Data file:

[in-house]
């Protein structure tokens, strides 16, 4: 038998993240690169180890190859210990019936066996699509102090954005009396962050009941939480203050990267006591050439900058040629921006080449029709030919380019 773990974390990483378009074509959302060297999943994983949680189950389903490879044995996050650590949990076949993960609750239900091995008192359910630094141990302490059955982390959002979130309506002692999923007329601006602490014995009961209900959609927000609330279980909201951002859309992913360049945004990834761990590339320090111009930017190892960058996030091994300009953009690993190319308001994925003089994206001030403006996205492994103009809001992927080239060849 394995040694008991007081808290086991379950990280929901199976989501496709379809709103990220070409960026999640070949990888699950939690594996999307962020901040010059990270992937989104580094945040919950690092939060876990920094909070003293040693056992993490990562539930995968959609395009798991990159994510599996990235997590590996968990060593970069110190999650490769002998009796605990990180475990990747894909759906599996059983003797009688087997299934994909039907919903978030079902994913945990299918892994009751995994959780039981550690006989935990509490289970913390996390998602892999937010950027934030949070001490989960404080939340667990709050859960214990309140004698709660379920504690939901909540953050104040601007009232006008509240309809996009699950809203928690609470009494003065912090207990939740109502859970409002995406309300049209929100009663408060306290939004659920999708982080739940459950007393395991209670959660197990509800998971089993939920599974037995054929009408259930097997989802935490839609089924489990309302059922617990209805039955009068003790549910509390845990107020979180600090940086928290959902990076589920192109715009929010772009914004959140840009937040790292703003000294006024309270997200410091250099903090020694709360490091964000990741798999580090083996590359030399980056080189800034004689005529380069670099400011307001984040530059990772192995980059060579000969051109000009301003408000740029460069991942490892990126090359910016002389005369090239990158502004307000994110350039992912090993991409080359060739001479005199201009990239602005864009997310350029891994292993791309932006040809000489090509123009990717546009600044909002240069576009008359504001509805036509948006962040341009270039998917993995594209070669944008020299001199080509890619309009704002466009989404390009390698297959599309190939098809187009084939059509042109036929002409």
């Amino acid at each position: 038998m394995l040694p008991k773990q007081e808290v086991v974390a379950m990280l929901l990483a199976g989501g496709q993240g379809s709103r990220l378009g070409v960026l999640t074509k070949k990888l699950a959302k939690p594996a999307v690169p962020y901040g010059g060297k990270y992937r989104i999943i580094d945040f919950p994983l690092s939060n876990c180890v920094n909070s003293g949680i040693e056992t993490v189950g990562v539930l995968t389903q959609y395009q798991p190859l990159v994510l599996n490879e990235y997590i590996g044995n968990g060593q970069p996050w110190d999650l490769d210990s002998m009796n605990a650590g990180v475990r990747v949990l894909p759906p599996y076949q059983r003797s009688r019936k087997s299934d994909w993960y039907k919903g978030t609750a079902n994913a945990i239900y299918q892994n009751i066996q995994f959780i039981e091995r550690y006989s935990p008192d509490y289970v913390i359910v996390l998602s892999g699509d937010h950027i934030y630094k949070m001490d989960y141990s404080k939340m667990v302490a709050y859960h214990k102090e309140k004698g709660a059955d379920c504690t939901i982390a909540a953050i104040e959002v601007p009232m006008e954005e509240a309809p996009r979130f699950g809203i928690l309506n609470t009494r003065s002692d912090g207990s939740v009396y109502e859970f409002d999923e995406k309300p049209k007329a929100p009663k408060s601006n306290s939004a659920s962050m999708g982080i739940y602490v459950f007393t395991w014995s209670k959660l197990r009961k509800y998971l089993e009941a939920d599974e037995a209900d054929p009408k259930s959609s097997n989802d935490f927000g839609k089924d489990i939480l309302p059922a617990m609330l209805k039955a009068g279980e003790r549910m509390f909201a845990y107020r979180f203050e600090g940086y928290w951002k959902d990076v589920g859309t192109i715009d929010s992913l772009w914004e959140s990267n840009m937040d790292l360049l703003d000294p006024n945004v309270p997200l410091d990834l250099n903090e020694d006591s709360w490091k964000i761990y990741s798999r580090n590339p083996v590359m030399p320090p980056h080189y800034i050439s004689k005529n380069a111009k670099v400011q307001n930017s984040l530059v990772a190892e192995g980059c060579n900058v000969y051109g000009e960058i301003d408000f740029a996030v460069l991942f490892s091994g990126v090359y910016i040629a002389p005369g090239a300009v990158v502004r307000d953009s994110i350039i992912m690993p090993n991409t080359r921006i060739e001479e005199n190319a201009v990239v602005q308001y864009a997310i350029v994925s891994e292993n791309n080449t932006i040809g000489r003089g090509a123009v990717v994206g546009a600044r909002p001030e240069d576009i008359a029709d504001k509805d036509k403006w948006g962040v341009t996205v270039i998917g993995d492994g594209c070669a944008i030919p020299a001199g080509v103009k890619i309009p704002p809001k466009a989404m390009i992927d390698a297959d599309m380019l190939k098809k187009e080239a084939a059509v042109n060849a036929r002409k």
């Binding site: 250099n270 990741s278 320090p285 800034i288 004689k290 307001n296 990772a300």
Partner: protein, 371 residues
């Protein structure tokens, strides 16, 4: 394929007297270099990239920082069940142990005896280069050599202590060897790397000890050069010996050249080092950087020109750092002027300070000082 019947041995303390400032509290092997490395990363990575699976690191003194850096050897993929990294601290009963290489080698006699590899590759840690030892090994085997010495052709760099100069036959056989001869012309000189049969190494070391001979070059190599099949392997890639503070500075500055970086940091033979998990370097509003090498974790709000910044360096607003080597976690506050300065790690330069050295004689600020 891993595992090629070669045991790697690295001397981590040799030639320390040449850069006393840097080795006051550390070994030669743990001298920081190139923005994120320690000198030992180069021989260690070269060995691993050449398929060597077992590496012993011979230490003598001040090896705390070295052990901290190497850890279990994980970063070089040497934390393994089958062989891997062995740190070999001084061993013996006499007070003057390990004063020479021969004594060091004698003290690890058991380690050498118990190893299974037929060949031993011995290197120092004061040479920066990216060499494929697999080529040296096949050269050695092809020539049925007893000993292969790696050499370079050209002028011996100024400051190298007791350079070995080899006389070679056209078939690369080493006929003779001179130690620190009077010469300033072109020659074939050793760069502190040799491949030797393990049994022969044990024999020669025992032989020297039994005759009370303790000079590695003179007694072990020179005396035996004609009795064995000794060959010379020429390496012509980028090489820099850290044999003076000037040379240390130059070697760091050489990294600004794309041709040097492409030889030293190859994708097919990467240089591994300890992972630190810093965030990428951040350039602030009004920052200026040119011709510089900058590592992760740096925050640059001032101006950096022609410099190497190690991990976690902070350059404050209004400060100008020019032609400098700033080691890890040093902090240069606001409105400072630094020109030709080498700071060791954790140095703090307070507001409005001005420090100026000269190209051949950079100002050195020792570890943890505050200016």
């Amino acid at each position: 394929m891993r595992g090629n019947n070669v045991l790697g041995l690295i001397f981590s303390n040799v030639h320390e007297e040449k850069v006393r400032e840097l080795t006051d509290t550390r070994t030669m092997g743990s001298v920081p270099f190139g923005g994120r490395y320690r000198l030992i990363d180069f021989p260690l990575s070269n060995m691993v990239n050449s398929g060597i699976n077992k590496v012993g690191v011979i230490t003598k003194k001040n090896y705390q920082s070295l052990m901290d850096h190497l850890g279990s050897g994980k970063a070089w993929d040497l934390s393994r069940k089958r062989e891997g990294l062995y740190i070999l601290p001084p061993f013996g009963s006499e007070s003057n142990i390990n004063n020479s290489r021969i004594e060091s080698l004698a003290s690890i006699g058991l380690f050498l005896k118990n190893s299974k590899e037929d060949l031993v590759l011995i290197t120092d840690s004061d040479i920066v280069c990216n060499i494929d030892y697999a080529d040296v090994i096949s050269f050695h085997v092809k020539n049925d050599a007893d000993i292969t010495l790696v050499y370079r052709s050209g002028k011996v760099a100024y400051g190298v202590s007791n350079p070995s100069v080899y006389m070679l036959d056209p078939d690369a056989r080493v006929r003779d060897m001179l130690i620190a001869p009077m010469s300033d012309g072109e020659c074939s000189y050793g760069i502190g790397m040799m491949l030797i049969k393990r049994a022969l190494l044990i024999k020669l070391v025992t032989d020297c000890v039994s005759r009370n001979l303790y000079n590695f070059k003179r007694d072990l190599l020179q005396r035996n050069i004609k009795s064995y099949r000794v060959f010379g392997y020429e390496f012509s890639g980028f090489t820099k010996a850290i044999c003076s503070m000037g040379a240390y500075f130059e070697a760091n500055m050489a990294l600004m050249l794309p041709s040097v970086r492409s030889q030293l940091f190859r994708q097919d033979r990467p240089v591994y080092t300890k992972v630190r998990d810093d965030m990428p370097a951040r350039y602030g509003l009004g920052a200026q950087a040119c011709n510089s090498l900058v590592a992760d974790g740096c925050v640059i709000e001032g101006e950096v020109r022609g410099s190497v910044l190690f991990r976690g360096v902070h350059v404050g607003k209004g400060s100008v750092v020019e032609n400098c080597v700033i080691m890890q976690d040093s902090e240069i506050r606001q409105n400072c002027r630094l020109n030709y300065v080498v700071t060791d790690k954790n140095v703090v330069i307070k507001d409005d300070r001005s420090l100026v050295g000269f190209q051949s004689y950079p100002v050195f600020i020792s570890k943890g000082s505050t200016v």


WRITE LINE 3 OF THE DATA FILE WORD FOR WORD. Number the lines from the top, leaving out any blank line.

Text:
């Amino acid at each position: 038998m394995l040694p008991k773990q007081e808290v086991v974390a379950m990280l929901l990483a199976g989501g496709q993240g379809s709103r990220l378009g070409v960026l999640t074509k070949k990888l699950a959302k939690p594996a999307v690169p962020y901040g010059g060297k990270y992937r989104i999943i580094d945040f919950p994983l690092s939060n876990c180890v920094n909070s003293g949680i040693e056992t993490v189950g990562v539930l995968t389903q959609y395009q798991p190859l990159v994510l599996n490879e990235y997590i590996g044995n968990g060593q970069p996050w110190d999650l490769d210990s002998m009796n605990a650590g990180v475990r990747v949990l894909p759906p599996y076949q059983r003797s009688r019936k087997s299934d994909w993960y039907k919903g978030t609750a079902n994913a945990i239900y299918q892994n009751i066996q995994f959780i039981e091995r550690y006989s935990p008192d509490y289970v913390i359910v996390l998602s892999g699509d937010h950027i934030y630094k949070m001490d989960y141990s404080k939340m667990v302490a709050y859960h214990k102090e309140k004698g709660a059955d379920c504690t939901i982390a909540a953050i104040e959002v601007p009232m006008e954005e509240a309809p996009r979130f699950g809203i928690l309506n609470t009494r003065s002692d912090g207990s939740v009396y109502e859970f409002d999923e995406k309300p049209k007329a929100p009663k408060s601006n306290s939004a659920s962050m999708g982080i739940y602490v459950f007393t395991w014995s209670k959660l197990r009961k509800y998971l089993e009941a939920d599974e037995a209900d054929p009408k259930s959609s097997n989802d935490f927000g839609k089924d489990i939480l309302p059922a617990m609330l209805k039955a009068g279980e003790r549910m509390f909201a845990y107020r979180f203050e600090g940086y928290w951002k959902d990076v589920g859309t192109i715009d929010s992913l772009w914004e959140s990267n840009m937040d790292l360049l703003d000294p006024n945004v309270p997200l410091d990834l250099n903090e020694d006591s709360w490091k964000i761990y990741s798999r580090n590339p083996v590359m030399p320090p980056h080189y800034i050439s004689k005529n380069a111009k670099v400011q307001n930017s984040l530059v990772a190892e192995g980059c060579n900058v000969y051109g000009e960058i301003d408000f740029a996030v460069l991942f490892s091994g990126v090359y910016i040629a002389p005369g090239a300009v990158v502004r307000d953009s994110i350039i992912m690993p090993n991409t080359r921006i060739e001479e005199n190319a201009v990239v602005q308001y864009a997310i350029v994925s891994e292993n791309n080449t932006i040809g000489r003089g090509a123009v990717v994206g546009a600044r909002p001030e240069d576009i008359a029709d504001k509805d036509k403006w948006g962040v341009t996205v270039i998917g993995d492994g594209c070669a944008i030919p020299a001199g080509v103009k890619i309009p704002p809001k466009a989404m390009i992927d390698a297959d599309m380019l190939k098809k187009e080239a084939a059509v042109n060849a036929r002409k």